End-to-end encryption can help merchants go beyond the current requirements of PCI (Payment Card Industry), solving for many vulnerabilities in the payments processing chain. End-to-end encryption (E2EE) addresses security weaknesses that exist when cardholder data has been captured but not yet authorized, and tokenization addresses security vulnerabilities after a transaction has been authorized. When combined, these two technologies provide a very strong way to secure data.
Where merchants are concerned, there are two points in the payment process where sensitive cardholder data is at risk of being exposed or stolen:
1. Pre-authorization – When the merchant has captured a consumer’s data and it is being sent or waiting to be sent to the acquirer/processor.
2. Post-authorization – When cardholder data has been sent back to the merchant with the authorization response from the acquirer/processor, and it is placed into some form of storage in the merchant environment.
Encryption is the process of using algorithmic schemes to transform plain text information into a non-readable form called ciphertext. A key (or algorithm) is required to decrypt the information and return it to its original plain text format. There are multiple approaches to encryption in the payment process. A merchant will need to evaluate its own environment to determine which approach or approaches would work best to meet its needs.
In session level encryption, the communication path in which the transaction flows from point A to Point B is encrypted; for example, from a POS terminal to a store’s central host, or from a consumer’s PC to an e-commerce web page. Session encryption is commonly used when the merchant doesn’t control the path all the way out to the end user. This is the case when purchases are made over the Internet. It’s not practical for a merchant to encrypt the data on a consumer’s PC, but it is easy to establish encryption for the communication session between the PC and the e-commerce web page. This is commonly called a secure socket layer, or SSL, and is often denoted by a yellow lock icon on a web page. Using SSL, all the information sent between the PC and the host server travels through an encrypted tunnel.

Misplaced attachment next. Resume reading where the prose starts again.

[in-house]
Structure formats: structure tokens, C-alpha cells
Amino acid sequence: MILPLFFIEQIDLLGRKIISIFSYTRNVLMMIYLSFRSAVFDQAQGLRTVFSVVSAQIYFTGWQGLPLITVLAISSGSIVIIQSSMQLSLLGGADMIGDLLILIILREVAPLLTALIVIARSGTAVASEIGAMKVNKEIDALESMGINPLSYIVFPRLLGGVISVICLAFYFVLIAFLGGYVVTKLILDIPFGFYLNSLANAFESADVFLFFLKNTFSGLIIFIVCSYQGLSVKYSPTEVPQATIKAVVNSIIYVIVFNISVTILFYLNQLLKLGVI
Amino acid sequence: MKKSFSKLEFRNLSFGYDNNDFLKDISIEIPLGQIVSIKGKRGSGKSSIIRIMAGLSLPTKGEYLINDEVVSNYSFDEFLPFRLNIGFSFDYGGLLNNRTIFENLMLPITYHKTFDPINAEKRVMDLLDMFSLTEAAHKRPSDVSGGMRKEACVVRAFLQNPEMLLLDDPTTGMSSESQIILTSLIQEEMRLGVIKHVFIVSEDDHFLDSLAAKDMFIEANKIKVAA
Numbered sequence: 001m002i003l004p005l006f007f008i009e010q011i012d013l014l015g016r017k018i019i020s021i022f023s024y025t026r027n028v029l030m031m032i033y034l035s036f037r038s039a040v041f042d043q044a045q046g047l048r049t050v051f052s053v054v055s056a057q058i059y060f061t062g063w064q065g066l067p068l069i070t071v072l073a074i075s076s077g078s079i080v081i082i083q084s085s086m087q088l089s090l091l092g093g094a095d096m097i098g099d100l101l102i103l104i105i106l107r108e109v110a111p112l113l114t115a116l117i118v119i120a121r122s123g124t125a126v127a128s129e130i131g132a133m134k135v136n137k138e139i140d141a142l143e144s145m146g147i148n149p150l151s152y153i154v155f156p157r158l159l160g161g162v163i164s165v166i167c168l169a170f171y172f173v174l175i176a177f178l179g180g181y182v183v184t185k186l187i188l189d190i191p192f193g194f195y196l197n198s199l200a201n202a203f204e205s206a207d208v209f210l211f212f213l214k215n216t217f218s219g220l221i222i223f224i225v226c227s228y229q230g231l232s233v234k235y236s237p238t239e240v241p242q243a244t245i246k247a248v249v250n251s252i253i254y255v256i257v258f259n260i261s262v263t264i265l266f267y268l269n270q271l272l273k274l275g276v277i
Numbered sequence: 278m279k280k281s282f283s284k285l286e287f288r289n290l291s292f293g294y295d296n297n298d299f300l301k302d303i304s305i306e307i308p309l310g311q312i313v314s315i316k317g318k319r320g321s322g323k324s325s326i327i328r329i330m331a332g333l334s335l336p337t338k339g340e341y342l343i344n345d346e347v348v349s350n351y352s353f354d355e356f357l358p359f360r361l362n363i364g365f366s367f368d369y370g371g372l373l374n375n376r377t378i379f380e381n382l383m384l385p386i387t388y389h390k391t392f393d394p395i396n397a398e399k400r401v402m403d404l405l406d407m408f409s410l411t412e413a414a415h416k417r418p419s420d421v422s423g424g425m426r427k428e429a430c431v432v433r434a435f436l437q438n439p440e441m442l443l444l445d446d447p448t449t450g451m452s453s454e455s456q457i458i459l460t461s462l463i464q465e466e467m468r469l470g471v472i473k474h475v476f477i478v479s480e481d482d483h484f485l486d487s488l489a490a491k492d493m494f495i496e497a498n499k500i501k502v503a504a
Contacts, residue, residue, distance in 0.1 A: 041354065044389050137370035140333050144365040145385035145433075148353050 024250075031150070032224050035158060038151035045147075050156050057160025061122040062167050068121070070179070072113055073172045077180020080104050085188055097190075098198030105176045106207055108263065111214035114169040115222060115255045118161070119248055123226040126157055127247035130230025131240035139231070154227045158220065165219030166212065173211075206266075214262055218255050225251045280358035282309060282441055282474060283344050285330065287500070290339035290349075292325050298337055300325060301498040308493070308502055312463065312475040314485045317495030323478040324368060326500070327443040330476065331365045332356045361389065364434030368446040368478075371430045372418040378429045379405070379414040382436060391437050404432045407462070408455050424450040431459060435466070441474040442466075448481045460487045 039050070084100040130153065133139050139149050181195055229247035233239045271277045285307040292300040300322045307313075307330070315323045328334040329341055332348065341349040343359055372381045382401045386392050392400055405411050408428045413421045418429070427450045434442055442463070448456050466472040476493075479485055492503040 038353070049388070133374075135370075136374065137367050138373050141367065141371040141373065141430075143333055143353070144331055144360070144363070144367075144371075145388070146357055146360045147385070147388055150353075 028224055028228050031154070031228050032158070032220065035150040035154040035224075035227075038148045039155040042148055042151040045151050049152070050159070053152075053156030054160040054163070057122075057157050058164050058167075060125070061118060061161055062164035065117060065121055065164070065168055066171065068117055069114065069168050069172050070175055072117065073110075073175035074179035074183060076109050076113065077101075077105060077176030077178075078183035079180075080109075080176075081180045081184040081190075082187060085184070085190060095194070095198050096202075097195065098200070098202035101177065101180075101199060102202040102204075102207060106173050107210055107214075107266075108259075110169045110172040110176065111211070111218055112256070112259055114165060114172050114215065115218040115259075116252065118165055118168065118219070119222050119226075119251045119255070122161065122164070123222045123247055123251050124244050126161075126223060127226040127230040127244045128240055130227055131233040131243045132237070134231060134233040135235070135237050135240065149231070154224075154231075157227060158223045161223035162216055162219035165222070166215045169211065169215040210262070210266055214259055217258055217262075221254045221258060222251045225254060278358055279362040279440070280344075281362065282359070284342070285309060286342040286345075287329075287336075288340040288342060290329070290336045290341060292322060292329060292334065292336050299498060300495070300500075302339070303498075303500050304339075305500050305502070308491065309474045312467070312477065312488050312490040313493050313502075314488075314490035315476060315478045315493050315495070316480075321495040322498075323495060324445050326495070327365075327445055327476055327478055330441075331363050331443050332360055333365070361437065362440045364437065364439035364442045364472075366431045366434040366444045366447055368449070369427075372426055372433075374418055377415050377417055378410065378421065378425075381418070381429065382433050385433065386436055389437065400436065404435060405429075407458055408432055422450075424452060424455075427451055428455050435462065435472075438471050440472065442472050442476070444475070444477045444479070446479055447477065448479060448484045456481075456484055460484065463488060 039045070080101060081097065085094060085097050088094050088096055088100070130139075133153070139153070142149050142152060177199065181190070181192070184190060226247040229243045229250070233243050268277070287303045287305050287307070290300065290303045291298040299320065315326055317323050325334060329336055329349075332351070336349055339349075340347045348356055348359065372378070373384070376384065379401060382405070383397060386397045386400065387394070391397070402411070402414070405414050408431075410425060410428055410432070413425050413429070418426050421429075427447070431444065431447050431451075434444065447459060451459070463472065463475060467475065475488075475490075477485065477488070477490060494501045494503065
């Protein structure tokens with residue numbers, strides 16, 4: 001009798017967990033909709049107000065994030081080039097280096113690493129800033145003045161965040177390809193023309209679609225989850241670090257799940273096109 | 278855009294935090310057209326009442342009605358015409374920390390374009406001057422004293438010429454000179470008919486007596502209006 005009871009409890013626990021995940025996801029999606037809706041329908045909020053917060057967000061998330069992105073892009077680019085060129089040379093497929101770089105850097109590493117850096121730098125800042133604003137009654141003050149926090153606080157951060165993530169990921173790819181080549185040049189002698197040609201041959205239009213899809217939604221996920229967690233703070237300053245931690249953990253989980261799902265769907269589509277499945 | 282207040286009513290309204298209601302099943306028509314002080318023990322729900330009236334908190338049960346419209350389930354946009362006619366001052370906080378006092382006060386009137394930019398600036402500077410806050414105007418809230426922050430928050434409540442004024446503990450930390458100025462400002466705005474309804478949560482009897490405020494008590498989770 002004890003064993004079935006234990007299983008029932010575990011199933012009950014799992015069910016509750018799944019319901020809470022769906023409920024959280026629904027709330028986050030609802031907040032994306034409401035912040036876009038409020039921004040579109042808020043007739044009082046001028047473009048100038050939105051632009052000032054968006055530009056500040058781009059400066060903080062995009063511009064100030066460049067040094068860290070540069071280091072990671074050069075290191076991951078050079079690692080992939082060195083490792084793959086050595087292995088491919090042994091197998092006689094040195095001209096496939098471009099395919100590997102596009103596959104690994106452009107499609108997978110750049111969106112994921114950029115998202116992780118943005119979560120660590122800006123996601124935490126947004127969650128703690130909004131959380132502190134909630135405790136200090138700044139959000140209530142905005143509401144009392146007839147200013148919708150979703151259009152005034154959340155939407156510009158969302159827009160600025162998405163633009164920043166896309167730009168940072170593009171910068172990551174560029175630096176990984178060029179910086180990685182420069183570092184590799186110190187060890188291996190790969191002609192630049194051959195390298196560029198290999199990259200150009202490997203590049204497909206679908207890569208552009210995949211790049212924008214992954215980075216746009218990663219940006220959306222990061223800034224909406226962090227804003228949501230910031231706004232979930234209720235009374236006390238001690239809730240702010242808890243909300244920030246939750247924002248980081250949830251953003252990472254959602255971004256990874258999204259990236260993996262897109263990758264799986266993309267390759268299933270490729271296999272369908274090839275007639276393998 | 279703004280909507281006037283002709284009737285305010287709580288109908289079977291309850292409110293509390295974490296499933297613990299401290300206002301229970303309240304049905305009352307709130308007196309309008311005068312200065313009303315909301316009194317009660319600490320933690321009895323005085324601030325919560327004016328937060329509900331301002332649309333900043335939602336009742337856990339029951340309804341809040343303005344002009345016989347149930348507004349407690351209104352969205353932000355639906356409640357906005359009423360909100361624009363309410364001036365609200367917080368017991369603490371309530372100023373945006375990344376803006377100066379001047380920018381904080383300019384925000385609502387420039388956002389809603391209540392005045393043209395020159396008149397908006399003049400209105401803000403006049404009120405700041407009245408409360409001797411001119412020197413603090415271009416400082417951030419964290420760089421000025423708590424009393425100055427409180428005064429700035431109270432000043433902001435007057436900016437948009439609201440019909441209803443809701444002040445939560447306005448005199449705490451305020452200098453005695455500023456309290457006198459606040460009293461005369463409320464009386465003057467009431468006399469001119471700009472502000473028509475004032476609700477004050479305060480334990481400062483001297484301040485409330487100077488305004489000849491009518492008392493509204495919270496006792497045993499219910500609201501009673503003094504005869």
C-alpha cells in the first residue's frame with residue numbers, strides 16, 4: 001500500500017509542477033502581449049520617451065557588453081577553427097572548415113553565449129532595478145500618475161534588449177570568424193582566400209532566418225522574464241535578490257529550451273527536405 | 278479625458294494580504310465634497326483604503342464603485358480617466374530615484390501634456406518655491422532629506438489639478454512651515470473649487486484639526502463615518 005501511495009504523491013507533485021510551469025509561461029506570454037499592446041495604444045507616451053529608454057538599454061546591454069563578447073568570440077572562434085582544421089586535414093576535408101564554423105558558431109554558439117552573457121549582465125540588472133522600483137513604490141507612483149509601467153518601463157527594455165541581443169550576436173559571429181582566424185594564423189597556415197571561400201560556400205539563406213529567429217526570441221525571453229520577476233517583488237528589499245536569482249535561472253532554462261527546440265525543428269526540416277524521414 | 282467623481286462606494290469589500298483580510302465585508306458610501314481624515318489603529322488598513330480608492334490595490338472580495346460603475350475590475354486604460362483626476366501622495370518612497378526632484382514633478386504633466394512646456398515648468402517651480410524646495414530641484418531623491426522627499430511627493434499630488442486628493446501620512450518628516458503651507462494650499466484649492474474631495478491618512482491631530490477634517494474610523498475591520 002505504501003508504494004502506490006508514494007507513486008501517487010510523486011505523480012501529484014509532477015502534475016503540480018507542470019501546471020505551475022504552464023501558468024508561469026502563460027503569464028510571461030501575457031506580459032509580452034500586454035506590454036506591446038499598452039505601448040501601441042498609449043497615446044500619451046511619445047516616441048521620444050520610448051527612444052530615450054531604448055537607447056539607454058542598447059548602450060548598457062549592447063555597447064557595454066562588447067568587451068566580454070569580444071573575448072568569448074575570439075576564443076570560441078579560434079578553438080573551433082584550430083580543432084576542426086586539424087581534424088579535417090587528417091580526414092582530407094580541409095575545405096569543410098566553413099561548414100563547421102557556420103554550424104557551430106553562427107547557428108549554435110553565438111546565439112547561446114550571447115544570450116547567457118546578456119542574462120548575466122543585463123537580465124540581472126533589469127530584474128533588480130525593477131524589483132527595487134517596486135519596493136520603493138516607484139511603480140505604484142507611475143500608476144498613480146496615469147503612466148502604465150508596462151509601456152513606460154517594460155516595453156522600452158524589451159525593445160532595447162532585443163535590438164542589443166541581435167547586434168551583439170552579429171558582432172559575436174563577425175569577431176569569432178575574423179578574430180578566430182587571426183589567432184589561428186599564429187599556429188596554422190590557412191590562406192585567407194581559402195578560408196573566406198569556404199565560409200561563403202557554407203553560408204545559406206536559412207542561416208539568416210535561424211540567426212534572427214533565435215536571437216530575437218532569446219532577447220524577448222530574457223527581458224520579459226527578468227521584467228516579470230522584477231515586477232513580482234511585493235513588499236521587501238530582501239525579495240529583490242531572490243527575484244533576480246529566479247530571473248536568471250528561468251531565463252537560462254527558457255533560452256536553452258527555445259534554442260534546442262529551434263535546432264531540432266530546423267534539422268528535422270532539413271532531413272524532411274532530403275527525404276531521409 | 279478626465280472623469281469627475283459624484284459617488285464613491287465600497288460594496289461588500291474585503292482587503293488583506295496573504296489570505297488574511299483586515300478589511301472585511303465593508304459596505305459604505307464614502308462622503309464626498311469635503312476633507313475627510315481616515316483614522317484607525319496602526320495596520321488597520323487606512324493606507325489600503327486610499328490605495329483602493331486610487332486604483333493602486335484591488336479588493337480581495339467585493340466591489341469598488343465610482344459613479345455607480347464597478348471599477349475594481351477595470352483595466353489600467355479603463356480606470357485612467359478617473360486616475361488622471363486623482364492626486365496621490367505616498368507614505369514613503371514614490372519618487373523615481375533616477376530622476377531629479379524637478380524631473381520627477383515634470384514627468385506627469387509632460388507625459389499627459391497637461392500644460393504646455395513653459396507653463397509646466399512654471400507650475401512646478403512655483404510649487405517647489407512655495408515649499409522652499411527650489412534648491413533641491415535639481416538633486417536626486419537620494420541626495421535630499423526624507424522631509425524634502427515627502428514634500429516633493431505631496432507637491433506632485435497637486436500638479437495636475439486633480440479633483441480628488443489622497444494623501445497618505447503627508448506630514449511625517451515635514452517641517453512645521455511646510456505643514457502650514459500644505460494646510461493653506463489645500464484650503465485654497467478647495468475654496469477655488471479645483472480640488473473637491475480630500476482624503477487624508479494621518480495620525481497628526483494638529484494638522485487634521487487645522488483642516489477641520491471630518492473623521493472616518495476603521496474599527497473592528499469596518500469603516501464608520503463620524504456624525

Depending on where in the process the data elements are encrypted, the merchant could be protected from internal fraud as well as external fraud. If the card data that a merchant wants to protect is encrypted at the point of capture – for example, at the customer-facing PIN entry device in a multi-lane retailer or at the data entry web page of an e-commerce site – and if that data stays encrypted until it is received by the processor, the data is protected all along the way. This is what often is called end-to-end encryption. Even if the transaction is intercepted at any point along the way, the encrypted card data is unreadable and it means nothing to anyone other than the processor that holds the decryption key. Where possible and practical, data encryption is preferable to having only session level encryption. Of course, a merchant can combine session encryption with data encryption for a “belt and suspenders” approach to security. Encrypted data moving through an encrypted tunnel would be doubly secured.
There are multiple ways that data encryption can be applied. Again, which method is “best” depends on a merchant’s specific environment.
Asymmetric encryption (public key/private)
Asymmetric encryption uses two separate keys, each of which has a specific function. A public key encrypts the data, while a private key decrypts the data. The public key can be freely distributed without the key management challenges of symmetric keys, since it can only encrypt and never decrypt data.
Data encryption in hardware
The process of encrypting cardholder data can be done in hardware in a tamper resistant security module. A TRSM device has the ability to destroy itself and render useless any data or keys stored in it if someone attempts to tamper with it.
Data encryption in software
Data encryption also can be performed by a software program. This approach provides more flexibility in where the encryption takes place, as it can be added to virtually any terminal, POS device or e-commerce server where card data is presented.
Multiple approaches to encryption are vital because there are so many different ways that information is given online during the payment security process. The encryption application must be placed at the right point in the payment process and this could be different depending on the type of payments a company receives. To learn more about security solutions, please contact us at https://alfatec.hr/en/contact/.